Public vs Private Internet - What’s Best for Your Business?
When establishing your business network, there are many considerations to examine. Perhaps the most important of these is whether to create a private network for your team or connect via the public internet.
Several factors play into this decision, but it essentially comes down to your specific business objectives and the needs of your employees. In this article, we’ll explore the difference between public and private networks and the benefits of each option to help you decide what is best for your team.
Public vs Private
A public network can be accessed by anyone at any time, like the internet. Private networks, on the other hand, restrict access to the general public and are typically used to connect private entities such as corporations or schools.
Private networks are dedicated to servicing a single client or business, ensuring that data is secure and only accessible to those connected to the network. The public internet, by contrast, shares connectivity among countless customers and businesses. Although data and applications aren’t visible to other customers, they are more vulnerable to infiltration because they’re stored on a public network.
Now that we’ve established the difference between the two network types, let’s explore the pros and cons of each:
Public internet can be a great option for businesses looking for an easy and affordable network solution. Public networks are suitable for teams performing basic tasks over the internet, such as hosting team meetings, sending emails or conducting internet research. Businesses that do not produce or distribute sensitive data can comfortably use the public internet for their day-to-day operations.
Teams can safely use the public internet as part of a software-defined wide area network (SD-WAN) network or when accessed alongside a VPN to provide a layer of security. For larger companies, private networks are recommended. However, connecting to the public internet in conjunction with other private solutions is a good option to perform basic functions or as a stepping stone towards a more advanced solution.
Many businesses opt to create their own private network for greater security and efficiency. Companies that store and transmit sensitive data like hospitals, defence organisations, or government agencies, need private networks to ensure their information is secure. Private networks are harder to access than public networks, making them much less vulnerable to cyber-attacks. Private networks can be established in several ways, but the most cost-effective and flexible method is to leverage an existing private network layer through a Network as a Service (NaaS) provider.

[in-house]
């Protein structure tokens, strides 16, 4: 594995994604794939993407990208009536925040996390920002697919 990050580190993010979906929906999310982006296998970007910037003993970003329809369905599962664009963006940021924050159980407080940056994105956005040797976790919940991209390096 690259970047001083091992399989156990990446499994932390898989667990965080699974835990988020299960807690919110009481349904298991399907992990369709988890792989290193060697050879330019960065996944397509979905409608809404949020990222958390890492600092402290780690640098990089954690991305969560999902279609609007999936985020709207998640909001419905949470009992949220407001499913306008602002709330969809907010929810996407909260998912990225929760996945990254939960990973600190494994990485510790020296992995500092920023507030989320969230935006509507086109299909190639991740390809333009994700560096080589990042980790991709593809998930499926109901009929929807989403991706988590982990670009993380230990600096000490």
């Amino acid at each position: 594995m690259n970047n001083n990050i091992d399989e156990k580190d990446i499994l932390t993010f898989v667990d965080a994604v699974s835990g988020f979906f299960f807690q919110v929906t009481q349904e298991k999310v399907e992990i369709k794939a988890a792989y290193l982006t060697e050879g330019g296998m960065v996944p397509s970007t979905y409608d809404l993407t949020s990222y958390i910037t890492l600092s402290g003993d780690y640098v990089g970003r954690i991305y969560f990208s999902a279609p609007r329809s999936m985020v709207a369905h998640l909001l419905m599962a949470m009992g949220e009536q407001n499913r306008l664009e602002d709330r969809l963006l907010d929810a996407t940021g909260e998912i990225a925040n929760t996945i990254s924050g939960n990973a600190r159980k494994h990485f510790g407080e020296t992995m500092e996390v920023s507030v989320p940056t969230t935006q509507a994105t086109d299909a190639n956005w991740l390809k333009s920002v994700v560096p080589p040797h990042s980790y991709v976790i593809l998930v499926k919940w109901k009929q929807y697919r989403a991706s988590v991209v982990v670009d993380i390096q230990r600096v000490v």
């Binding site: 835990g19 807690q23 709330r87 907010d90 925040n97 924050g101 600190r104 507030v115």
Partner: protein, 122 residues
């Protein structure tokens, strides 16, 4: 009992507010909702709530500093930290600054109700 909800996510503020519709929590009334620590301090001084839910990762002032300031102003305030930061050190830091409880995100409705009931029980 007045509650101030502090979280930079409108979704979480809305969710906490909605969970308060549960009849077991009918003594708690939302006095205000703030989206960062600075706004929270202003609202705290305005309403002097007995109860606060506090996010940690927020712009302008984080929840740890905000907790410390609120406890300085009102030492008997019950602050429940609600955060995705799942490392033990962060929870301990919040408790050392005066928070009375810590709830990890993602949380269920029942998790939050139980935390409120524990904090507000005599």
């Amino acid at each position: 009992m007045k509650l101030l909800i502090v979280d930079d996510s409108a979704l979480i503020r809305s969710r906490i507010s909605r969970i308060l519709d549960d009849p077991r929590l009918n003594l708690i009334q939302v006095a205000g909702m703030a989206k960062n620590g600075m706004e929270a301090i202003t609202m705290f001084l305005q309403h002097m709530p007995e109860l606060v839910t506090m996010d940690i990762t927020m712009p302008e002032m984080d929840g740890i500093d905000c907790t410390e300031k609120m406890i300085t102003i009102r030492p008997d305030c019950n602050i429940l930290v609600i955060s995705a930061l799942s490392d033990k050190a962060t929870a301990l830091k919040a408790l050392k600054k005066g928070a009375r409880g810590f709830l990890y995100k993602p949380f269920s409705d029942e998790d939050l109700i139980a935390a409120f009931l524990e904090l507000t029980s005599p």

Setting up a private network through a NaaS provider offers several benefits. The provider is responsible for setting up, protecting and maintaining your network, significantly reducing workloads for individual businesses. Businesses that partner with a NaaS provider don’t have to have to spend money on the infrastructure, hardware or software required to architect a network, and the NaaS provider incurs the cost of any upgrades or troubleshooting that may be required.
Perhaps the greatest drawback to the public internet is its lack of security. Connecting to a public Wi-Fi network is much less secure than a private network because it is unclear who else is connecting to the network or who set it up. This type of network is much easier for hackers to infiltrate and compromise your business data.
Connecting via the public internet can also be more expensive over time than private networks due to the losses incurred during frequent downtime. The public internet offers little protection in terms of disaster recovery or redundancy, meaning that companies are responsible for covering any revenue or data lost during an outage or network disruption.
There are some challenges associated with setting up a private network. The cost of establishing a private network is significantly higher when compared to the public internet. Smaller businesses may not have the capital to invest in a private network or hire a NaaS provider, making the public internet a more viable solution.
Another disadvantage to private networks is that they take time to create. Anyone can connect to a private network instantly, but private networks require time to build, test and launch. If your team requires an immediate connection, you will need to log onto the public internet temporarily or as a long-term solution.
The decision between a public or private network primarily depends on the nature of your business and its objectives. If you’re a smaller company that depends on the internet for low-risk activities, like sending emails, then the public internet is an affordable and convenient solution. However, larger companies or businesses transmitting and storing secure data should establish a private connective for an efficient and ultimately more cost-effective network.
So, which solution is best for your business?
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